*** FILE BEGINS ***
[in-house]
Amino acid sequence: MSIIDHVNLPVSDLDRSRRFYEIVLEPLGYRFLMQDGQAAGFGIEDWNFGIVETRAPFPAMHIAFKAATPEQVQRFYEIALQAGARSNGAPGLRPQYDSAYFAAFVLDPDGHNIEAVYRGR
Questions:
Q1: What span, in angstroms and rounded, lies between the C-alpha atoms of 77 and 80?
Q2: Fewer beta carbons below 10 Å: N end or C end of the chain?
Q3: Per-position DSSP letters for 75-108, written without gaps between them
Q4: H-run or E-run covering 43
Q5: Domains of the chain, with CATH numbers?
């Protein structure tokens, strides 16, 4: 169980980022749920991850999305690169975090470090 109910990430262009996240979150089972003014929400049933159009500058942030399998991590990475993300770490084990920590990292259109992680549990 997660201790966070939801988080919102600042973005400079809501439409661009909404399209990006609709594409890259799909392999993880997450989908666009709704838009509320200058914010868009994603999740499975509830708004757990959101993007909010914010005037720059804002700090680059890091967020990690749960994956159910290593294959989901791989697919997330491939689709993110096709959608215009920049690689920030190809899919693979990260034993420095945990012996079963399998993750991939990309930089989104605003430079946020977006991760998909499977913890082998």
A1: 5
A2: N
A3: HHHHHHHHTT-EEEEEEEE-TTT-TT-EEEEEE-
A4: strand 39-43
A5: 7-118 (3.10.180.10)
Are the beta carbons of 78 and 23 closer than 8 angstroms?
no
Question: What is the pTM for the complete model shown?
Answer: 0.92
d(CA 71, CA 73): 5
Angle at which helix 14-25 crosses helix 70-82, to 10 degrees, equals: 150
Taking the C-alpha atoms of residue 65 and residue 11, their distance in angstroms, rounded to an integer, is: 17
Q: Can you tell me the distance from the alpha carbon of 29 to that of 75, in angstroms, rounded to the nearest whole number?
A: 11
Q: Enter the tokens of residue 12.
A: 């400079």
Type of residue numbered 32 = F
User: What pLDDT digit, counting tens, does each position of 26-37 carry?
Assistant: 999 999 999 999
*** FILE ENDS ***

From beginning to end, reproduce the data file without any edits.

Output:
[in-house]
Amino acid sequence: MSIIDHVNLPVSDLDRSRRFYEIVLEPLGYRFLMQDGQAAGFGIEDWNFGIVETRAPFPAMHIAFKAATPEQVQRFYEIALQAGARSNGAPGLRPQYDSAYFAAFVLDPDGHNIEAVYRGR
Questions:
Q1: What span, in angstroms and rounded, lies between the C-alpha atoms of 77 and 80?
Q2: Fewer beta carbons below 10 Å: N end or C end of the chain?
Q3: Per-position DSSP letters for 75-108, written without gaps between them
Q4: H-run or E-run covering 43
Q5: Domains of the chain, with CATH numbers?
């Protein structure tokens, strides 16, 4: 169980980022749920991850999305690169975090470090 109910990430262009996240979150089972003014929400049933159009500058942030399998991590990475993300770490084990920590990292259109992680549990 997660201790966070939801988080919102600042973005400079809501439409661009909404399209990006609709594409890259799909392999993880997450989908666009709704838009509320200058914010868009994603999740499975509830708004757990959101993007909010914010005037720059804002700090680059890091967020990690749960994956159910290593294959989901791989697919997330491939689709993110096709959608215009920049690689920030190809899919693979990260034993420095945990012996079963399998993750991939990309930089989104605003430079946020977006991760998909499977913890082998």
A1: 5
A2: N
A3: HHHHHHHHTT-EEEEEEEE-TTT-TT-EEEEEE-
A4: strand 39-43
A5: 7-118 (3.10.180.10)
Are the beta carbons of 78 and 23 closer than 8 angstroms?
no
Question: What is the pTM for the complete model shown?
Answer: 0.92
d(CA 71, CA 73): 5
Angle at which helix 14-25 crosses helix 70-82, to 10 degrees, equals: 150
Taking the C-alpha atoms of residue 65 and residue 11, their distance in angstroms, rounded to an integer, is: 17
Q: Can you tell me the distance from the alpha carbon of 29 to that of 75, in angstroms, rounded to the nearest whole number?
A: 11
Q: Enter the tokens of residue 12.
A: 């400079």
Type of residue numbered 32 = F
User: What pLDDT digit, counting tens, does each position of 26-37 carry?
Assistant: 999 999 999 999